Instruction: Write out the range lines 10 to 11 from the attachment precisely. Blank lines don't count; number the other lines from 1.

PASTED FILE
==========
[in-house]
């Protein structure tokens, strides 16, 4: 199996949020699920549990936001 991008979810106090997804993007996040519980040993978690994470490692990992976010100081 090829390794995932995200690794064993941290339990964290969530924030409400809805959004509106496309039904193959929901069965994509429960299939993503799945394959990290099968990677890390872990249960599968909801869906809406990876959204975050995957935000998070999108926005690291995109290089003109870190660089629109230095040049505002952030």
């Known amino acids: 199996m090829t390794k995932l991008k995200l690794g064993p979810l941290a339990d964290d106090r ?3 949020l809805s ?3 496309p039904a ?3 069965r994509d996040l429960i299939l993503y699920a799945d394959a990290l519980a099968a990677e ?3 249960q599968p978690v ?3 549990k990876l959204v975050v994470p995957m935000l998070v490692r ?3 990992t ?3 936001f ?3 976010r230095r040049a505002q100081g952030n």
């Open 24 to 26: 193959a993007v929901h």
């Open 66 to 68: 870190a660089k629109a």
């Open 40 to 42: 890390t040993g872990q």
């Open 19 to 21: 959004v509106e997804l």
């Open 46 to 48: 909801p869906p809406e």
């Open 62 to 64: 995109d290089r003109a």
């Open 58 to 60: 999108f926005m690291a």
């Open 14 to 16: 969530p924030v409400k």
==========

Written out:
């Open 58 to 60: 999108f926005m690291a």
């Open 14 to 16: 969530p924030v409400k």